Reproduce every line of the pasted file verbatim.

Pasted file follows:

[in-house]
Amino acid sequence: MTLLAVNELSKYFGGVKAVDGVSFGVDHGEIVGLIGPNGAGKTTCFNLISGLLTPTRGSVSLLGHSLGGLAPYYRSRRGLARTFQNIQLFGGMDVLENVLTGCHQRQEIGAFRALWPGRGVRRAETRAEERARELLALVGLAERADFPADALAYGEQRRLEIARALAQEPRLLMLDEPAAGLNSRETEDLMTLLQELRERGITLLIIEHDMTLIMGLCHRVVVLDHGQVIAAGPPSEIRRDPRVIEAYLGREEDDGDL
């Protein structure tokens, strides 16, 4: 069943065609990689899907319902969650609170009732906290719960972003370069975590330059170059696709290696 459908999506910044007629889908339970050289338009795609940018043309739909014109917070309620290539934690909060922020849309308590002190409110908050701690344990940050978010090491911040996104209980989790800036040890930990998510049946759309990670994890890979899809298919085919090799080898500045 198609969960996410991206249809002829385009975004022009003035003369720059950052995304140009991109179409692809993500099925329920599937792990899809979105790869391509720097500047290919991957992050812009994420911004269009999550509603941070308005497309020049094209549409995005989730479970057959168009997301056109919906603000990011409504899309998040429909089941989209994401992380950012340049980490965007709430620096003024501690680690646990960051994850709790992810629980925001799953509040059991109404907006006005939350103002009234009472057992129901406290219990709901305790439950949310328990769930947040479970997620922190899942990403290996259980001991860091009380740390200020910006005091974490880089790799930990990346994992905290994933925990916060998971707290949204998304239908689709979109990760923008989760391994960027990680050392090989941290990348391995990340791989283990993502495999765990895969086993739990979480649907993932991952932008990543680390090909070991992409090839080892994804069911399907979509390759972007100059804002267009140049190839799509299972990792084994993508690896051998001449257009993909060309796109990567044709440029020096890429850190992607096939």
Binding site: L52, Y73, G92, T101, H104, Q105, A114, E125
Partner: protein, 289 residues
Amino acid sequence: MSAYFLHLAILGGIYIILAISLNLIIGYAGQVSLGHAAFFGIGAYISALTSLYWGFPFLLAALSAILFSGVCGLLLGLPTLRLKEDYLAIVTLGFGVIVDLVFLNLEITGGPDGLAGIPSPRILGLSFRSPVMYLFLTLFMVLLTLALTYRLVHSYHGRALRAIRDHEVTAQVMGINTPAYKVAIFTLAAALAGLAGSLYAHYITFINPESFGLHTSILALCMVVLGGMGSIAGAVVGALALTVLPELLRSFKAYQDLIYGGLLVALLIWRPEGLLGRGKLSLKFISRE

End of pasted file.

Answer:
[in-house]
Amino acid sequence: MTLLAVNELSKYFGGVKAVDGVSFGVDHGEIVGLIGPNGAGKTTCFNLISGLLTPTRGSVSLLGHSLGGLAPYYRSRRGLARTFQNIQLFGGMDVLENVLTGCHQRQEIGAFRALWPGRGVRRAETRAEERARELLALVGLAERADFPADALAYGEQRRLEIARALAQEPRLLMLDEPAAGLNSRETEDLMTLLQELRERGITLLIIEHDMTLIMGLCHRVVVLDHGQVIAAGPPSEIRRDPRVIEAYLGREEDDGDL
């Protein structure tokens, strides 16, 4: 069943065609990689899907319902969650609170009732906290719960972003370069975590330059170059696709290696 459908999506910044007629889908339970050289338009795609940018043309739909014109917070309620290539934690909060922020849309308590002190409110908050701690344990940050978010090491911040996104209980989790800036040890930990998510049946759309990670994890890979899809298919085919090799080898500045 198609969960996410991206249809002829385009975004022009003035003369720059950052995304140009991109179409692809993500099925329920599937792990899809979105790869391509720097500047290919991957992050812009994420911004269009999550509603941070308005497309020049094209549409995005989730479970057959168009997301056109919906603000990011409504899309998040429909089941989209994401992380950012340049980490965007709430620096003024501690680690646990960051994850709790992810629980925001799953509040059991109404907006006005939350103002009234009472057992129901406290219990709901305790439950949310328990769930947040479970997620922190899942990403290996259980001991860091009380740390200020910006005091974490880089790799930990990346994992905290994933925990916060998971707290949204998304239908689709979109990760923008989760391994960027990680050392090989941290990348391995990340791989283990993502495999765990895969086993739990979480649907993932991952932008990543680390090909070991992409090839080892994804069911399907979509390759972007100059804002267009140049190839799509299972990792084994993508690896051998001449257009993909060309796109990567044709440029020096890429850190992607096939």
Binding site: L52, Y73, G92, T101, H104, Q105, A114, E125
Partner: protein, 289 residues
Amino acid sequence: MSAYFLHLAILGGIYIILAISLNLIIGYAGQVSLGHAAFFGIGAYISALTSLYWGFPFLLAALSAILFSGVCGLLLGLPTLRLKEDYLAIVTLGFGVIVDLVFLNLEITGGPDGLAGIPSPRILGLSFRSPVMYLFLTLFMVLLTLALTYRLVHSYHGRALRAIRDHEVTAQVMGINTPAYKVAIFTLAAALAGLAGSLYAHYITFINPESFGLHTSILALCMVVLGGMGSIAGAVVGALALTVLPELLRSFKAYQDLIYGGLLVALLIWRPEGLLGRGKLSLKFISRE